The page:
Super Bowl Karma And Me
The requests usually begin about 10 days early, then slowly build right up until kickoff. They come from gamblers mostly, but from rabid fans, as well.
When I was still a working newspaperman, they would arrive in calls to the office from all around the country. Now they are showing up in blog and e-mail requests.
It is OK. I understand. It is all about Super Bowl Karma and me.
It has to rank as the strangest phenomenon of my sports writing career, this thing I had with picking Super Bowl winners. It never happened with any other sport or major event. I was like everyone else when it came to all the others. I would win some and lose some.
But not the Super Bowl. The Super Bowl got . . .well, freaky.
It started with the very first Super Bowl I covered, it was Super 7, the Don Sula Dolphins vs. the George Allen Redskins. I picked Miami, hardly a surprising choice since the Dolphins were 16-0 at the time. They won, 14-7, despite Garo Yepremian’s infamous screw up, and I was off and running.
I picked five winners in a row, then lost one. But I was just warming up. At that point, I proceeded to rattle off an extraordinary 19 winners in a row, and the whole thing began to gain national attention. USC Today did a story on me when the streak was at 16, Bill Plaschke of the L.A. Times wrote a column about me, and high rollers everywhere were calling my hotel room during Super Bowl week.
After the 19th in a row prediction, I realized I’d gone 24-1 over a 25 game stretch, and people were asking me how to explain it. I couldn’t, except to mention that, because of a late change in dates by the NFL, I ended up getting married on the day of the first Super Bowl, much to the chagrin of many of my sportswriter friends. Maybe, I tried to theorize, there was some strange karma involved in that.
Anyway, the 19-game winning streak was stopped by Mr. Belligerent himself, Bill Belichick, in the best Super Bowl coaching job I’ve seen, when his Patriots and young Tom Brady shut down the Rams and The Greatest Show on Turf.
After that, I went 7-1 up until the year I retired, finishing with an overall record of 31-3 in Super Bowl games as a working sports writer.
It wasn’t only picking winners, either. Some of my pre-game columns were almost eerie when it came to predicting the results. In Super Bowl 30, I picked the Cowboys over the Steelers, 28-17. The final score: Dallas 28, Pittsburgh 17.
In Super Bowl 25, I said the Giants would control the clock and upset the Jim Kelly, no-huddle Bills, who were touchdown favorites. I said it would be 19-17 New York. It ended up 20-19 in favor of the Giants, who had the ball for 40 of the 60 minutes.
In Super Bowl 27, the headline of my pre-game column read: “Bills history of blunders sure to tell.” Buffalo made me look good by committing nine turnovers in a 52-17 rout by Dallas.
I’d brag about all this, except I still really don’t understand how I pulled it off. Clearly, it had something to do with being at the site and getting a vibe, or something, during the week. Because since I retired, my Super Bowl record has been an undistinguished 1-3.
I relate all this to you to use however you choose as I now proceed to give Super Bowl 45 my best shot:
As someone who obviously has done this a few times, I honestly feel this is among the most difficult to predict match-ups that I can remember. You can easily make a case for either of these teams, clearly the two best in the league this year.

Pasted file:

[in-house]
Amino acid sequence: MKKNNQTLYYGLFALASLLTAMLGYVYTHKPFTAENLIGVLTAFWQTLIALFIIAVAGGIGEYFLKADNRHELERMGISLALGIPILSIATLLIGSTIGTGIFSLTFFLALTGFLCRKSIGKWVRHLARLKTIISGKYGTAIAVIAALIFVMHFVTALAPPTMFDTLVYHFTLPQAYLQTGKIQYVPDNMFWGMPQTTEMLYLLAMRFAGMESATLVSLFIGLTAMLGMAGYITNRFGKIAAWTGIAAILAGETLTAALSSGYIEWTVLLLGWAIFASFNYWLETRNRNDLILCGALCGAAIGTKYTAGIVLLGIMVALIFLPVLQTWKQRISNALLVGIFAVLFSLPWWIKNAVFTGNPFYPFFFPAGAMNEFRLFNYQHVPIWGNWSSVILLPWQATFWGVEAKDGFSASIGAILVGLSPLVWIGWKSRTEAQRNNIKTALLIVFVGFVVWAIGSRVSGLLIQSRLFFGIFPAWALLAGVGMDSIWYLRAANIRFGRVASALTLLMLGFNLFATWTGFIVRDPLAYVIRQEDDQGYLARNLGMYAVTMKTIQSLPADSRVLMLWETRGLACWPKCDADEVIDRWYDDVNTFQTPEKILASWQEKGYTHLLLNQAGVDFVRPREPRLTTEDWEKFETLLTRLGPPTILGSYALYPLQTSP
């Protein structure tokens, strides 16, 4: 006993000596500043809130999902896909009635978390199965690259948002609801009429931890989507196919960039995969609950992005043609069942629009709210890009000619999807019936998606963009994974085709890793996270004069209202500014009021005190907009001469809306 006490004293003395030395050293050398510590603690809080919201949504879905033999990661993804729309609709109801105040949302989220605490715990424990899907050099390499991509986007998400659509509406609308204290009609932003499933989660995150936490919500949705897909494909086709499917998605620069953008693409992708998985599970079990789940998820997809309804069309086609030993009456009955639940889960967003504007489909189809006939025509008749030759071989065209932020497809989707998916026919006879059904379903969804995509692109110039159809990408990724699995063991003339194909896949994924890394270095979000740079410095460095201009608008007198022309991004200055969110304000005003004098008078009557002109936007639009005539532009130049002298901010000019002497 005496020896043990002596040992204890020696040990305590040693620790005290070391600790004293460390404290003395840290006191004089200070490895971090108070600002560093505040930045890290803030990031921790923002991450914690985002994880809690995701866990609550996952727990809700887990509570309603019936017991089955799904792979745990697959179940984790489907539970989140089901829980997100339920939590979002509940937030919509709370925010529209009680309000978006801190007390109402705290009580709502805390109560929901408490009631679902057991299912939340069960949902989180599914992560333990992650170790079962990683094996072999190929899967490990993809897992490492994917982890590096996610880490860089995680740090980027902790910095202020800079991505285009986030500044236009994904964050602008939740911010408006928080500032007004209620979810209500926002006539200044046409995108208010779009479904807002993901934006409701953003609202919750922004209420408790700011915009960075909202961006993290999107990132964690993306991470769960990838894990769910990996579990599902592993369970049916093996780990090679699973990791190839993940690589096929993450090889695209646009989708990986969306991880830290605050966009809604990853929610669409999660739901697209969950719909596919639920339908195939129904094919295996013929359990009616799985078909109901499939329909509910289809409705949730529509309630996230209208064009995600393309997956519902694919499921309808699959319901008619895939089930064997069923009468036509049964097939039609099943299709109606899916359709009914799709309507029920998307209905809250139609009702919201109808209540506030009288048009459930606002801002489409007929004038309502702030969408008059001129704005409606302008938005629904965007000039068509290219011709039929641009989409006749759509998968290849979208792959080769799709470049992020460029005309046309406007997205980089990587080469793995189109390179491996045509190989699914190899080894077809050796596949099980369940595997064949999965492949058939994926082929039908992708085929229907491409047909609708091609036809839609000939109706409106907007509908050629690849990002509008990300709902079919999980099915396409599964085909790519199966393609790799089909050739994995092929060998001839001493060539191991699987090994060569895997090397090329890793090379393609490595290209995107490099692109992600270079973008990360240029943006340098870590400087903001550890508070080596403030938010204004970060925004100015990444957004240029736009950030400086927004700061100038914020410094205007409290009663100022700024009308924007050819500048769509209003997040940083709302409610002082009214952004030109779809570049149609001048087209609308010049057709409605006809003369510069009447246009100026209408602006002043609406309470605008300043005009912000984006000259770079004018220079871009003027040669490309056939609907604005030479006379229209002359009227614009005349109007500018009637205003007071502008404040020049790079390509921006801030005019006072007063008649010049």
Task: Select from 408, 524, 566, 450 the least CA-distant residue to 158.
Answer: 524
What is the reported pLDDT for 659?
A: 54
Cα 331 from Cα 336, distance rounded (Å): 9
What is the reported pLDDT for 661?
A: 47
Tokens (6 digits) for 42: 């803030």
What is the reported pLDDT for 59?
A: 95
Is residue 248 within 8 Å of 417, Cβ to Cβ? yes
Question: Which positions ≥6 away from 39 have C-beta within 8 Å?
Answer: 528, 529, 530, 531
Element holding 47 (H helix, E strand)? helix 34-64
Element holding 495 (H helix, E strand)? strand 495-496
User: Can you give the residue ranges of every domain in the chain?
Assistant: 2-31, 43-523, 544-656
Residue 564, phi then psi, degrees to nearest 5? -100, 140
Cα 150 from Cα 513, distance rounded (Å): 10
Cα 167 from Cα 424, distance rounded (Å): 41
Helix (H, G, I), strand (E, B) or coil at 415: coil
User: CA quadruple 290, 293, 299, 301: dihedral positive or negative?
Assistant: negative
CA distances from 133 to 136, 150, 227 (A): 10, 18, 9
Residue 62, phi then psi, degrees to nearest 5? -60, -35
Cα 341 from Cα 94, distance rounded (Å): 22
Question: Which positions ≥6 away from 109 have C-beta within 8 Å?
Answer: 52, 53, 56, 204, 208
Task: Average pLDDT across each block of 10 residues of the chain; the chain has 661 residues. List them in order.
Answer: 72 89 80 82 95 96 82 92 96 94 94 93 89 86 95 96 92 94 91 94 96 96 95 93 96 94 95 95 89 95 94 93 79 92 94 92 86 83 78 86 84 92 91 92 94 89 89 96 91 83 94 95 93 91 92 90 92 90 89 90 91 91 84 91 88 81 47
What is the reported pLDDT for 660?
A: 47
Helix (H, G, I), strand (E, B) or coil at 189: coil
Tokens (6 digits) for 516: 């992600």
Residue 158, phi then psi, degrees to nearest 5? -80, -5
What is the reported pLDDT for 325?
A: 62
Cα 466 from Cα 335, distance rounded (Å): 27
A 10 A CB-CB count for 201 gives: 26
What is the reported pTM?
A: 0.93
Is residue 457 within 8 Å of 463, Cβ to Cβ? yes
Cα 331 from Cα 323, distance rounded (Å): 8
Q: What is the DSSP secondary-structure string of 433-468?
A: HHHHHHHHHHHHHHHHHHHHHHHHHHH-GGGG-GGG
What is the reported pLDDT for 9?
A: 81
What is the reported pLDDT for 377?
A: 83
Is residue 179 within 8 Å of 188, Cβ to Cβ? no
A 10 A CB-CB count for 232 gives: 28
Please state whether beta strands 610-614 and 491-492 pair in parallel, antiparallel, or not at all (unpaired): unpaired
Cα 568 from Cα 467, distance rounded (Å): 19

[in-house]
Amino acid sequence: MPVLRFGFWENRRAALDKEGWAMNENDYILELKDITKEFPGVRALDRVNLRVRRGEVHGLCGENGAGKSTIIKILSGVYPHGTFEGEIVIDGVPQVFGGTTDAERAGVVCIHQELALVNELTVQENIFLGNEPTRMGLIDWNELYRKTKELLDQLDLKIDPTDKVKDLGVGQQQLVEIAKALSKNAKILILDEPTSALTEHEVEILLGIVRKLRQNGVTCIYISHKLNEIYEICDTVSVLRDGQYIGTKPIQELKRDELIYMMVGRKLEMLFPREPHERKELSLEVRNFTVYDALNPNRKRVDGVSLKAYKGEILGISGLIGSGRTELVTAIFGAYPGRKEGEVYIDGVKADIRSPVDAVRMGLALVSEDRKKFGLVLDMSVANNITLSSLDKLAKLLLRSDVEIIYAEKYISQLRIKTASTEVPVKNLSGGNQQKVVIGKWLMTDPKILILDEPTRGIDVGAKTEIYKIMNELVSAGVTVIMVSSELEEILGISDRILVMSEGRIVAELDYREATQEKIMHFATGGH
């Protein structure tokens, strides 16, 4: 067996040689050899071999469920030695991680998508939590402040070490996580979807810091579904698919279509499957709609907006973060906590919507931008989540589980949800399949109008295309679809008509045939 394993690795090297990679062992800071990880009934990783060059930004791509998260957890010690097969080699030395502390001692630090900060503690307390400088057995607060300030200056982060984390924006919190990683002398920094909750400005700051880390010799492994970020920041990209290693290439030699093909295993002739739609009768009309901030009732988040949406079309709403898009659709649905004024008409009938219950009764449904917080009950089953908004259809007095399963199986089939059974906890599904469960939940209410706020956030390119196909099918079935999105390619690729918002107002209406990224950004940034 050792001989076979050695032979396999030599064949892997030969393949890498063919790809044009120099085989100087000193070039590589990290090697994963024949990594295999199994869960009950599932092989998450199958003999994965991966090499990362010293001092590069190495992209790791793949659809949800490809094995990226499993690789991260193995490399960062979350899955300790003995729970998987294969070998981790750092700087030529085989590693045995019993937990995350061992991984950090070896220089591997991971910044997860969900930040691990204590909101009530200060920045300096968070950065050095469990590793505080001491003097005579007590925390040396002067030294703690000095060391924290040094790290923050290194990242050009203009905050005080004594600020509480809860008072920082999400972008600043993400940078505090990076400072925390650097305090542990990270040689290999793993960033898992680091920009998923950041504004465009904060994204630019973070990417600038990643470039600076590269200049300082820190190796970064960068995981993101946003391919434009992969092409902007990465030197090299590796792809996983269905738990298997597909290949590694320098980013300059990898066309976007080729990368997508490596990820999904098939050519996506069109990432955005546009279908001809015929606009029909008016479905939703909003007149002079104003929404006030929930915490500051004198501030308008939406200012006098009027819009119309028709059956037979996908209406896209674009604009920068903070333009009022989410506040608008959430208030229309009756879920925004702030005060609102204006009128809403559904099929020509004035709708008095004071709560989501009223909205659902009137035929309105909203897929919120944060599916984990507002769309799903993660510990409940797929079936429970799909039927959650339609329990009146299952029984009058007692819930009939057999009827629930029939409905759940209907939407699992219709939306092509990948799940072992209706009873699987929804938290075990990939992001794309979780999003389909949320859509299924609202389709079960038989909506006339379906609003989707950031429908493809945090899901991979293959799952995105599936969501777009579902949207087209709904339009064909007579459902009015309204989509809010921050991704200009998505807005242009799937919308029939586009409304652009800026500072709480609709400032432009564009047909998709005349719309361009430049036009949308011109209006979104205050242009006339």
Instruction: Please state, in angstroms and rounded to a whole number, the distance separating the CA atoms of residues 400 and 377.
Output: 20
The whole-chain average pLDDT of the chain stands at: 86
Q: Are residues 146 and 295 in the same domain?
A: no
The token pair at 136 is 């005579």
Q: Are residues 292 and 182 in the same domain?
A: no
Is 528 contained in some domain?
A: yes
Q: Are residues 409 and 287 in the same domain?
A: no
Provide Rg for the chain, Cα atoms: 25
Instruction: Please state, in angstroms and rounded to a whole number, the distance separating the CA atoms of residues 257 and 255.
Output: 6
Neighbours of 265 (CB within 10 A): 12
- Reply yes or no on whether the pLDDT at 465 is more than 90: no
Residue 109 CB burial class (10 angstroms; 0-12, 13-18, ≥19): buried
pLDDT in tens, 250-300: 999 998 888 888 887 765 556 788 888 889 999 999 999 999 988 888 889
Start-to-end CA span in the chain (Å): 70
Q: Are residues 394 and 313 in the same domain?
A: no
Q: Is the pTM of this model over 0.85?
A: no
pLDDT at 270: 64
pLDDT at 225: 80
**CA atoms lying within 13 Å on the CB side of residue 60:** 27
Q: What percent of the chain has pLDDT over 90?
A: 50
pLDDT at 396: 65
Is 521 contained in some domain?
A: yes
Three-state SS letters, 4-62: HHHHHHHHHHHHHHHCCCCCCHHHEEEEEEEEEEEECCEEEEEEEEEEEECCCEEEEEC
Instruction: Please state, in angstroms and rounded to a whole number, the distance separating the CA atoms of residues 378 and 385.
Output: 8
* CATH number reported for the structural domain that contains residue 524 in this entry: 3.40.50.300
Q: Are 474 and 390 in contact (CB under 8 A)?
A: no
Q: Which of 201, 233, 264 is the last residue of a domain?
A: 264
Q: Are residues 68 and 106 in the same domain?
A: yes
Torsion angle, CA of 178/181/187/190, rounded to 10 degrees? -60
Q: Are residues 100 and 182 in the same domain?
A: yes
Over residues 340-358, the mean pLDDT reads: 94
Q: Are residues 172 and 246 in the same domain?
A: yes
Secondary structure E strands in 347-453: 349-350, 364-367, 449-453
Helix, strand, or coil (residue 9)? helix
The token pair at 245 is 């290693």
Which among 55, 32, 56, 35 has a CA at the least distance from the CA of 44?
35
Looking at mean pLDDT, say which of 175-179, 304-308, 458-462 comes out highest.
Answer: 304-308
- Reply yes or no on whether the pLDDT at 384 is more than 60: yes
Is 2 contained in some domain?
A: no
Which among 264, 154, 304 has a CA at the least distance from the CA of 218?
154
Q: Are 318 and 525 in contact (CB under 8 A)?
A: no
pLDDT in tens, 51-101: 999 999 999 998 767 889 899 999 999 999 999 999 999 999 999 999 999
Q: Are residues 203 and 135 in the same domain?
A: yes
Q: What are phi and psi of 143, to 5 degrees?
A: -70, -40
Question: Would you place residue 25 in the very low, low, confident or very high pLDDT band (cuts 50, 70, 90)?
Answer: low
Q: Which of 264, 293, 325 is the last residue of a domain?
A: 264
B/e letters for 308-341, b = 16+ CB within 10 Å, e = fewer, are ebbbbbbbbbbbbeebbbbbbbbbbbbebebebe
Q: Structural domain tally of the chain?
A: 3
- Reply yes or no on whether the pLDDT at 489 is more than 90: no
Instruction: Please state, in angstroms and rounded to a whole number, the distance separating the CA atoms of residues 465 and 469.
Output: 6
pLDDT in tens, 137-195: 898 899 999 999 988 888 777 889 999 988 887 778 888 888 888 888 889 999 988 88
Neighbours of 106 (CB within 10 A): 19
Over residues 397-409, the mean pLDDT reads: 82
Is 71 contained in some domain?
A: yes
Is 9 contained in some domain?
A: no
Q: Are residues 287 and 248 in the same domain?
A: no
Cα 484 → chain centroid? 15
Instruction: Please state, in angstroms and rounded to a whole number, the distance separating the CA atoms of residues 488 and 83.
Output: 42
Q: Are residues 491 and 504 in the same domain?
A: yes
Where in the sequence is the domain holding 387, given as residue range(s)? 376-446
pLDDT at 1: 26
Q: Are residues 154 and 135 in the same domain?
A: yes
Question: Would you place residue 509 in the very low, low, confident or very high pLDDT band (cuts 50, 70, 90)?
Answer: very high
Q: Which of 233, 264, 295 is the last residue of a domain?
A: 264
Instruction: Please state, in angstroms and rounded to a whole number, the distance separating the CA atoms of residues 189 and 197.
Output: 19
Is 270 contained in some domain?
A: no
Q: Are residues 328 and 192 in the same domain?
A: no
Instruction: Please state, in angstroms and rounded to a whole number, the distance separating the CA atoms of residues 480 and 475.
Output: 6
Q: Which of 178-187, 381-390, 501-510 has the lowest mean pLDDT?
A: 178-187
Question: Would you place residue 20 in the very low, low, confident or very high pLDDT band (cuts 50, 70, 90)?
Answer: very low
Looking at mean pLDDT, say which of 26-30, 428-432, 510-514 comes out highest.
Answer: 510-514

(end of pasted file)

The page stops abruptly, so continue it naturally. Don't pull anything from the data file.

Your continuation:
My No. 1 rule always has been to pick the team with the better defense. That’s fine, except in this case, I’m not really sure whether that distinction belongs to the Packers or Steelers. Pittsburgh seems to have an edge on paper, but only if Troy Polamalu, the AP’s Defensive Player of the Year, is at full strength, and from what I saw of him and his aching Achilles in the past two games, he isn’t. I also think Green Bay has a clear edge at cornerback, a position that always seems to be crucial in these games.
Next, I usually try to find the team that can run the ball better. Again, that seems to be Pittsburgh, except I don’t think it will run it nearly as well against the Pack defense, especially without injured center Maurkice Pouncey, one of its best blockers. And although Green Bay doesn’t have a dominant running game, it makes up for it with a terrific passing game that utilizes short throws in lieu of runs.
Ben Roethlisberger, despite his off-field persona, is a quarterback who knows how to win. He is 10-2 in the postseason, even though his stats are never as flashy as a Manning’s or Brady’s. He is sort of the Robert De Niro of quarterbacks. Not pretty to look at, but riveting when it matters.
Aaron Rodgers is the quarterback coming on stronger than anyone else in the league. I love his accuracy and quick release and he has a knack for escaping the rush. On a fast track under the roof in Dallas, he seems primed for a big game.
Pittsburgh’s defense scares me, even with a Polamalu at less than 100 per cent. But Green Bay’s defense is right there at the same level, with just as many big-play athletes. I simply like the Packers’ offense better, with a razor sharp Rodgers throwing to what might be the best receiving corps in the league. Some are predicting a repeat of last year’s 37-36 shootout won by the Steelers. I don’t think it will be that wild. Not with these two dominant defensive units.
Karma or no karma, call it 24-20 Packers in a game that I can semi-confidently predict should be as entertaining as it is close.
— STEVE BISHEFF